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Site Topics - Part II - Page 9

post #121 of 14741
Quote:
Originally Posted by oneeightyseven View Post
I just thought that with the recent poetic posts you have made, coupled with the reference to Conne in the aforementioned user's initial post, that you may have given puppetry of teh socks a try. I also remember a post saying you couldnt do a sock puppet, and i agreed claiming you were too smart, so i thought you might try one that was dumbed down. Just a thought.'
I think I'd write limericks, were I to try. Something like: There once was a Willy from Dallas, Who cruised boys out in front of the Palace He found him one nice, And smashed it but thrice, Then sang liturgy songs by T. Tallis.
post #122 of 14741
^Very believable low brow 'poetry'. Excellent.
post #123 of 14741
Quote:
Originally Posted by Incman View Post
Neighbour is Canadian/British, whereas neighbor is American. Other examples of words like that would be labour (Canadian/British) vs. labor (American) and colour (Canadian/British) vs. color (American).

edit: lawyerdad beat me to it

Is there a more correct/precise term for the two versions of English?

I was taught 'English' at prep school and told never to write in 'American'. Then, at Uni, we were taught to avoid 'Americanisms' in favour of Commonwealth English. Of course, Canada is in North America and doesn't write in 'American'. Fiji and Mozambique are both members of the Commonwealth, yet writes 'American' when writing in English.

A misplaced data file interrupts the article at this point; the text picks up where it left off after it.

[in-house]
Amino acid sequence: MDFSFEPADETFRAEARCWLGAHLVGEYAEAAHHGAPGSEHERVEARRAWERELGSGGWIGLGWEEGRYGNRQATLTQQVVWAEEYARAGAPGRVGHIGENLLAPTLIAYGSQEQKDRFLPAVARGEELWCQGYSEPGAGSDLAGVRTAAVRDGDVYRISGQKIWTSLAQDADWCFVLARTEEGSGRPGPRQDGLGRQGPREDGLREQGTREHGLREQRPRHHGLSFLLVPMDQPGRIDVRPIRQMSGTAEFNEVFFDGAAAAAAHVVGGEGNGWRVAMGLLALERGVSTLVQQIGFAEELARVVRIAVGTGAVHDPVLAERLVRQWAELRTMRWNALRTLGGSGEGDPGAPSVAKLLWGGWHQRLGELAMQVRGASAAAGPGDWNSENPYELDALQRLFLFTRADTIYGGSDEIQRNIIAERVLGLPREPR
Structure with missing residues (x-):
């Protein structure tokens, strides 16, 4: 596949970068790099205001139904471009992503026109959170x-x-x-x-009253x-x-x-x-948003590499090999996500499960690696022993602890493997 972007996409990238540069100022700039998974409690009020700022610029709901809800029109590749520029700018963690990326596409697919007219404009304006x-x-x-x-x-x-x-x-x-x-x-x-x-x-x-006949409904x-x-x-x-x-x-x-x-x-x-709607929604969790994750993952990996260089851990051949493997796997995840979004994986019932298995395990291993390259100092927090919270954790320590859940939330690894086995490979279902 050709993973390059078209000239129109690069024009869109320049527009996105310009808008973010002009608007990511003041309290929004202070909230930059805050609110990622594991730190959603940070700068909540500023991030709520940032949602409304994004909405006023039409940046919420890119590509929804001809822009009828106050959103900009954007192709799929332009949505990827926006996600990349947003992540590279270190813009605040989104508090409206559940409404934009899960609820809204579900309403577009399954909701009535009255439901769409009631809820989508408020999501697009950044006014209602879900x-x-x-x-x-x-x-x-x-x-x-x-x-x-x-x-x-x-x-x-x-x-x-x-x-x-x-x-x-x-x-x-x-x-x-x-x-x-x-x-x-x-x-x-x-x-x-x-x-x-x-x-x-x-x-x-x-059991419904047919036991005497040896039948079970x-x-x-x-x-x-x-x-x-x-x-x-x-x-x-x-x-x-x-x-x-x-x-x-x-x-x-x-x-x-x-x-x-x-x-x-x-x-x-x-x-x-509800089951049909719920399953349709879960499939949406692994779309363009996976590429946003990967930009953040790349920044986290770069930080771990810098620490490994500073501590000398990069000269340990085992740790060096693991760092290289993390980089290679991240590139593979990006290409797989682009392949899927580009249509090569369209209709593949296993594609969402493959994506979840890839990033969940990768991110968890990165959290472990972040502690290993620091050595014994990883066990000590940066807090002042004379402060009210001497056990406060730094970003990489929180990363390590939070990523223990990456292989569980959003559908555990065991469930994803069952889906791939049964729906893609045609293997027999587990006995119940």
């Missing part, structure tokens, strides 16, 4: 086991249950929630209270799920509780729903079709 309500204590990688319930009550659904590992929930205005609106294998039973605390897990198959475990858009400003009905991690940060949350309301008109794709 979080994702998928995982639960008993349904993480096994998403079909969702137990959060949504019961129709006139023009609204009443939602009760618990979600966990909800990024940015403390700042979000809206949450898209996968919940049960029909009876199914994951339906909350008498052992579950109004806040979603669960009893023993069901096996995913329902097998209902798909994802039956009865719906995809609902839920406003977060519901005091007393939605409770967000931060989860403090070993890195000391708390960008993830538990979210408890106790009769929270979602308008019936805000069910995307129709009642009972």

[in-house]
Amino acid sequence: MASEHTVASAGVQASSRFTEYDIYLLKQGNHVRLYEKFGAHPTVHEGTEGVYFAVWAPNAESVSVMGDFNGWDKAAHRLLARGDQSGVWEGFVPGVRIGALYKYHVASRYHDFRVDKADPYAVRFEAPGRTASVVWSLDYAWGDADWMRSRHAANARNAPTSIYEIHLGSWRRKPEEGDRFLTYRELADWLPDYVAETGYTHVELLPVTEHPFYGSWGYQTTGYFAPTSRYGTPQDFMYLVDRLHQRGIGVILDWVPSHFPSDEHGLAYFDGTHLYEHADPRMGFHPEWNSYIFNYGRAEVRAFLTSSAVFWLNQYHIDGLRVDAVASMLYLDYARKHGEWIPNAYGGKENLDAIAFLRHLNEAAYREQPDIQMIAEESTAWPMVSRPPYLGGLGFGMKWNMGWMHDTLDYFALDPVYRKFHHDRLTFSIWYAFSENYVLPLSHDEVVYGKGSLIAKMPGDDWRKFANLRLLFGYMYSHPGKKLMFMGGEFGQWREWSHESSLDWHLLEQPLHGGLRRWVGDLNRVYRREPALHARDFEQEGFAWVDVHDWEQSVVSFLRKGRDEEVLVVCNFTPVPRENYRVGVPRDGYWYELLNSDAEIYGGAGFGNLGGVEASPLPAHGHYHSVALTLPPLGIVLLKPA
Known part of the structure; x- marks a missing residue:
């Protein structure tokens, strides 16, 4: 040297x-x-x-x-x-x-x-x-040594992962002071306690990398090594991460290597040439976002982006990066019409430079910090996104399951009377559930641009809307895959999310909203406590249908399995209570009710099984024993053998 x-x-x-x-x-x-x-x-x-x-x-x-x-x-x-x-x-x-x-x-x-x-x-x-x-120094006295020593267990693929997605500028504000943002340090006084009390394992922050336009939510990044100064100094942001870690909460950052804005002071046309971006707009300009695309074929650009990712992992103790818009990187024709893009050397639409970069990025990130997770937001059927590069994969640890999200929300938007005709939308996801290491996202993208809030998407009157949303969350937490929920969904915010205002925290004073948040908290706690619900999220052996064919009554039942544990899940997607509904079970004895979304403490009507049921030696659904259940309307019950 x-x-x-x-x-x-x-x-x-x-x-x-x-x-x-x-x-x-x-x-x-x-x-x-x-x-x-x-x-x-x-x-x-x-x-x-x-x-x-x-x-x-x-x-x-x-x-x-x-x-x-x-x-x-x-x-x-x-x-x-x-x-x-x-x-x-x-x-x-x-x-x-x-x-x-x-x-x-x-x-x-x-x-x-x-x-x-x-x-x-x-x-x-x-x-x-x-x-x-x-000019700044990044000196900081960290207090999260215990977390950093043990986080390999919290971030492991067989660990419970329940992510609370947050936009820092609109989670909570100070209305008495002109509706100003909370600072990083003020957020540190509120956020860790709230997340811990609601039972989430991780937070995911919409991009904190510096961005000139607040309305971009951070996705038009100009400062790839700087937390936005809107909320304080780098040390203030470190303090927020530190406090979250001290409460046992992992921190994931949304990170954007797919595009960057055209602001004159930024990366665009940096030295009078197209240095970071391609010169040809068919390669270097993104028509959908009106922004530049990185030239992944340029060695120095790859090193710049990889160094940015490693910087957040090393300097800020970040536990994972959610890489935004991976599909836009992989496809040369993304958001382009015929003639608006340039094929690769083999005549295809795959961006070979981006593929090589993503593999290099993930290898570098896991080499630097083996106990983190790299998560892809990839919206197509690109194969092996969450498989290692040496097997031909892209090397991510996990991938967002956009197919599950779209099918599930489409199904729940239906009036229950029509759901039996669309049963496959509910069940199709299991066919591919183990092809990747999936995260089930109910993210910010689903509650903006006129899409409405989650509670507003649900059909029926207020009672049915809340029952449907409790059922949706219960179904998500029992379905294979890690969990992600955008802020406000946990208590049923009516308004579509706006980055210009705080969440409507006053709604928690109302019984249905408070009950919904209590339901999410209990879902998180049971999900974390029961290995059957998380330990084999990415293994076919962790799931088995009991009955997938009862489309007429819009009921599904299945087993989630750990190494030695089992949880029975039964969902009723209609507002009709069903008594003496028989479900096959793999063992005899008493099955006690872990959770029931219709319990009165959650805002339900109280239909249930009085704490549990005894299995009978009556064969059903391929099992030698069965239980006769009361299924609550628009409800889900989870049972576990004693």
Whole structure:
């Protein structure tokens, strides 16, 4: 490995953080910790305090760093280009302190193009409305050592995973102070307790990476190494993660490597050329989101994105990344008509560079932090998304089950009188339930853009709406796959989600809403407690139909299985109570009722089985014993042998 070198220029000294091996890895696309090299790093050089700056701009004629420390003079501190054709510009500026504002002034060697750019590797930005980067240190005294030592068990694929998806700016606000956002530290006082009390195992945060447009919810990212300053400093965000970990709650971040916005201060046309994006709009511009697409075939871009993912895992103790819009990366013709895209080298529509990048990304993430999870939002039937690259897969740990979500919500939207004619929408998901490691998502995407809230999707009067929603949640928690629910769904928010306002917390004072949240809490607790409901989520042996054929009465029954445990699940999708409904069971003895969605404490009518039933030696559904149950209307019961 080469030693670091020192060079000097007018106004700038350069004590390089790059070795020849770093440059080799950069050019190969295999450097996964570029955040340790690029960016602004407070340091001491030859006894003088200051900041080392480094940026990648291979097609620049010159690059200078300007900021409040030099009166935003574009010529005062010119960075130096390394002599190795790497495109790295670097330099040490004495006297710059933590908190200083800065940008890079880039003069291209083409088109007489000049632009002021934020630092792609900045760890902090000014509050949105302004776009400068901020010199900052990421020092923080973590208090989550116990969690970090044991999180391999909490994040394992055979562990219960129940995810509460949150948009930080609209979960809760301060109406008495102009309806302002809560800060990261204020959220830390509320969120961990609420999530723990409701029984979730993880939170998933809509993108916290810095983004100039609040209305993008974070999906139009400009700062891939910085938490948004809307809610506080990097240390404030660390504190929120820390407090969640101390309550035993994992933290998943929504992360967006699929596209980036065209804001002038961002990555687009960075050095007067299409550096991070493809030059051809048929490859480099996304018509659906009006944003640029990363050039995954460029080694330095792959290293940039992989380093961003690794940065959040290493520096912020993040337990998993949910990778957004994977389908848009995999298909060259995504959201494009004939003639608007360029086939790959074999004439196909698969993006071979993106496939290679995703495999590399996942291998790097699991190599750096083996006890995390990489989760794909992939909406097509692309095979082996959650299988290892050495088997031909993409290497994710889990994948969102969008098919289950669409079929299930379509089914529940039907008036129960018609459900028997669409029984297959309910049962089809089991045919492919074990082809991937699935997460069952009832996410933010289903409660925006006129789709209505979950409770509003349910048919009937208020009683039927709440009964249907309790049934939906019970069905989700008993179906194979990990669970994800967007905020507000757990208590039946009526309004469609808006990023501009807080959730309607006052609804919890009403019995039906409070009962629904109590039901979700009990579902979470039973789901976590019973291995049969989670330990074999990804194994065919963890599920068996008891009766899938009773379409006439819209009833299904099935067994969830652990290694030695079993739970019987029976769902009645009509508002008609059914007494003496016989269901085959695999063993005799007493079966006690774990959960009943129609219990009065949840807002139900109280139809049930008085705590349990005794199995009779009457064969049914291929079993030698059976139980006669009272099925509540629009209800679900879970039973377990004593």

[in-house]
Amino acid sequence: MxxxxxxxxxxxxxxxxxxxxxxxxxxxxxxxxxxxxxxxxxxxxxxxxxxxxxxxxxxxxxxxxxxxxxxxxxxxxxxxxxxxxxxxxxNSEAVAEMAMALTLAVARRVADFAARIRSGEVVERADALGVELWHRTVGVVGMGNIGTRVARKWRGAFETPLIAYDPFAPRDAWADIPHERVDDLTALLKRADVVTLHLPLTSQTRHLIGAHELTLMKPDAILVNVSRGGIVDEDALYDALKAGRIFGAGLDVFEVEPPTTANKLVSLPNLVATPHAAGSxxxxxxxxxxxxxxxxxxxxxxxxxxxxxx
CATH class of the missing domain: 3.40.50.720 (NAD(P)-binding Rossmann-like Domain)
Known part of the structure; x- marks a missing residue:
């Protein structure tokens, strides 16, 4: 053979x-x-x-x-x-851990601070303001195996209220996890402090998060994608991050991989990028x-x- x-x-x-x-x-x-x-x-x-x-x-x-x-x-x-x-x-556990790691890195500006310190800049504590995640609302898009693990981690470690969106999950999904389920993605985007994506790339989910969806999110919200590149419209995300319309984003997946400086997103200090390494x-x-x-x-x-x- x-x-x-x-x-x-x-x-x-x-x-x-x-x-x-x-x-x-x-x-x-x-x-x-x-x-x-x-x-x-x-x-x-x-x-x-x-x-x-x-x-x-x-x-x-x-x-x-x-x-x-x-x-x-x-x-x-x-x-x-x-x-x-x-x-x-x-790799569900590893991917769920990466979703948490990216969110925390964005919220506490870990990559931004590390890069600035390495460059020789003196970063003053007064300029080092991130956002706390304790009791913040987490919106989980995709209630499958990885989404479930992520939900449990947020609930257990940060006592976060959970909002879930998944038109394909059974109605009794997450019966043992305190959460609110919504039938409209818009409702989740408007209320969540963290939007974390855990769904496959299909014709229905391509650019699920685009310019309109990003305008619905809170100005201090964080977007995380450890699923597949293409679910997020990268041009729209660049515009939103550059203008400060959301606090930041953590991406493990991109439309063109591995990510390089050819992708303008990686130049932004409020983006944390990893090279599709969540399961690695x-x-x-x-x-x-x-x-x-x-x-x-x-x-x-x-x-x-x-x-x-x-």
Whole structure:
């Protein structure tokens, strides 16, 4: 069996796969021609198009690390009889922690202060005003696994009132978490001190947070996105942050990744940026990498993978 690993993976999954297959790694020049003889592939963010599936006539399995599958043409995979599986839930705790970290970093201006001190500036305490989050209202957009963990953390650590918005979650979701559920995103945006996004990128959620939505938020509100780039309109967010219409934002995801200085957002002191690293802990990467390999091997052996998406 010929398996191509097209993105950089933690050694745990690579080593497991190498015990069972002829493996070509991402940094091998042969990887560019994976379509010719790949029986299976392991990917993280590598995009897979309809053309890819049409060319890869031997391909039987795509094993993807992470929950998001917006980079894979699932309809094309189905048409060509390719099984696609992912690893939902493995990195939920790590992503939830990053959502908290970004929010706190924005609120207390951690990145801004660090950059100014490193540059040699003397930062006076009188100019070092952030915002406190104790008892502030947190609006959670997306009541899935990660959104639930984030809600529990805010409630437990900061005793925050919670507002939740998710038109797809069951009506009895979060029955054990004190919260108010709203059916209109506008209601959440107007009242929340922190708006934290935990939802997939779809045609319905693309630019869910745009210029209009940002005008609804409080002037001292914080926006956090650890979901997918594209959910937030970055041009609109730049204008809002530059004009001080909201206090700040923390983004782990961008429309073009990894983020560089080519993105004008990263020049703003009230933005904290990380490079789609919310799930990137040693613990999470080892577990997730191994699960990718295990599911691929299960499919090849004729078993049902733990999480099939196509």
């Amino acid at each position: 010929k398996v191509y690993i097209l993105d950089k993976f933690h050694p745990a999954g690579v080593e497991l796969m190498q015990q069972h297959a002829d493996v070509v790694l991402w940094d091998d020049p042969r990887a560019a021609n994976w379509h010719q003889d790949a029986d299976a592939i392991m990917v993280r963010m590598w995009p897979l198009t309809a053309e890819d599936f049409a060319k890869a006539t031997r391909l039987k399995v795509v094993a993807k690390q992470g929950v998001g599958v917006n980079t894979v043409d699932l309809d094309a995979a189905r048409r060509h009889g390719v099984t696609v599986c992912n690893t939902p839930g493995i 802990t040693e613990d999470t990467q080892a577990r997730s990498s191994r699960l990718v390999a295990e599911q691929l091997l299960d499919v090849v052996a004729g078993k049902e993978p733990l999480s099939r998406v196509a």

post #124 of 14741
Quote:
Originally Posted by JustinW View Post
Is there a more correct/precise term for the two versions of English?

I was taught 'English' at prep school and told never to write in 'American'. Then, at Uni, we were taught to avoid 'Americanisms' in favour of Commonwealth English. Of course, Canada is in North America and doesn't write in 'American'. Fiji and Mozambique are both members of the Commonwealth, yet writes 'American' when writing in English.

I refer to the two as, "The Queen's English," and " 'Murican."
post #125 of 14741
Quote:
Originally Posted by JustinW View Post
Is there a more correct/precise term for the two versions of English?

I was taught 'English' at prep school and told never to write in 'American'. Then, at Uni, we were taught to avoid 'Americanisms' in favour of Commonwealth English. Of course, Canada is in North America and doesn't write in 'American'. Fiji and Mozambique are both members of the Commonwealth, yet writes 'American' when writing in English.

To be honest with you, I have absolutely no idea. Language is not my strong suit. Perhaps one of the more knowledgeable members could chime in.
post #126 of 14741
Quote:
Originally Posted by X-It View Post
Thank you very much. I find that English English -- British English sounds much better than American English. Very classy.

You probably know this, but just in case: (1) the different spellings don't imply different pronunciation; and (2) "British English" and "American English" are both very broad terms -- there are variants of British English that likely would not strike you as classy.
post #127 of 14741
Quote:
Originally Posted by lawyerdad View Post
You probably know this, but just in case: (1) the different spellings don't imply different pronunciation; and (2) "British English" and "American English" are both very broad terms -- there are variants of British English that likely would not strike you as classy.